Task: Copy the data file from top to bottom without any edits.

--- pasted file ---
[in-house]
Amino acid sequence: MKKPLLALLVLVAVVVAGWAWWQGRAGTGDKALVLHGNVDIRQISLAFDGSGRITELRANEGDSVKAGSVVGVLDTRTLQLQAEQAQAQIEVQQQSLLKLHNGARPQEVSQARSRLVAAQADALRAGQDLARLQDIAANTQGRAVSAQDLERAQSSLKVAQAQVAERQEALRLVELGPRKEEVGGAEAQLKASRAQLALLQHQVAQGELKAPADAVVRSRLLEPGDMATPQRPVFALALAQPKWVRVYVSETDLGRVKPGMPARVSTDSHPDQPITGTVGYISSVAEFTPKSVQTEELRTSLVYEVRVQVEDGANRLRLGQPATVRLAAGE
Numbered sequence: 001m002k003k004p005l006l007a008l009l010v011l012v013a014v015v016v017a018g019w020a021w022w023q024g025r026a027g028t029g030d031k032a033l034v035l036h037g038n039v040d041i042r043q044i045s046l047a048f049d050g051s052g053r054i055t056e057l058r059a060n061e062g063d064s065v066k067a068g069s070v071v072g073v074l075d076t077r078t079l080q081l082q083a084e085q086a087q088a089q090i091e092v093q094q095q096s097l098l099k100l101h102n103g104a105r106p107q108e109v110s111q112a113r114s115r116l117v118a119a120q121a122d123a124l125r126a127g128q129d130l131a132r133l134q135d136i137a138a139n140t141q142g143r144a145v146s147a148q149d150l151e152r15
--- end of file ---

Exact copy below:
[in-house]
Amino acid sequence: MKKPLLALLVLVAVVVAGWAWWQGRAGTGDKALVLHGNVDIRQISLAFDGSGRITELRANEGDSVKAGSVVGVLDTRTLQLQAEQAQAQIEVQQQSLLKLHNGARPQEVSQARSRLVAAQADALRAGQDLARLQDIAANTQGRAVSAQDLERAQSSLKVAQAQVAERQEALRLVELGPRKEEVGGAEAQLKASRAQLALLQHQVAQGELKAPADAVVRSRLLEPGDMATPQRPVFALALAQPKWVRVYVSETDLGRVKPGMPARVSTDSHPDQPITGTVGYISSVAEFTPKSVQTEELRTSLVYEVRVQVEDGANRLRLGQPATVRLAAGE
Numbered sequence: 001m002k003k004p005l006l007a008l009l010v011l012v013a014v015v016v017a018g019w020a021w022w023q024g025r026a027g028t029g030d031k032a033l034v035l036h037g038n039v040d041i042r043q044i045s046l047a048f049d050g051s052g053r054i055t056e057l058r059a060n061e062g063d064s065v066k067a068g069s070v071v072g073v074l075d076t077r078t079l080q081l082q083a084e085q086a087q088a089q090i091e092v093q094q095q096s097l098l099k100l101h102n103g104a105r106p107q108e109v110s111q112a113r114s115r116l117v118a119a120q121a122d123a124l125r126a127g128q129d130l131a132r133l134q135d136i137a138a139n140t141q142g143r144a145v146s147a148q149d150l151e152r15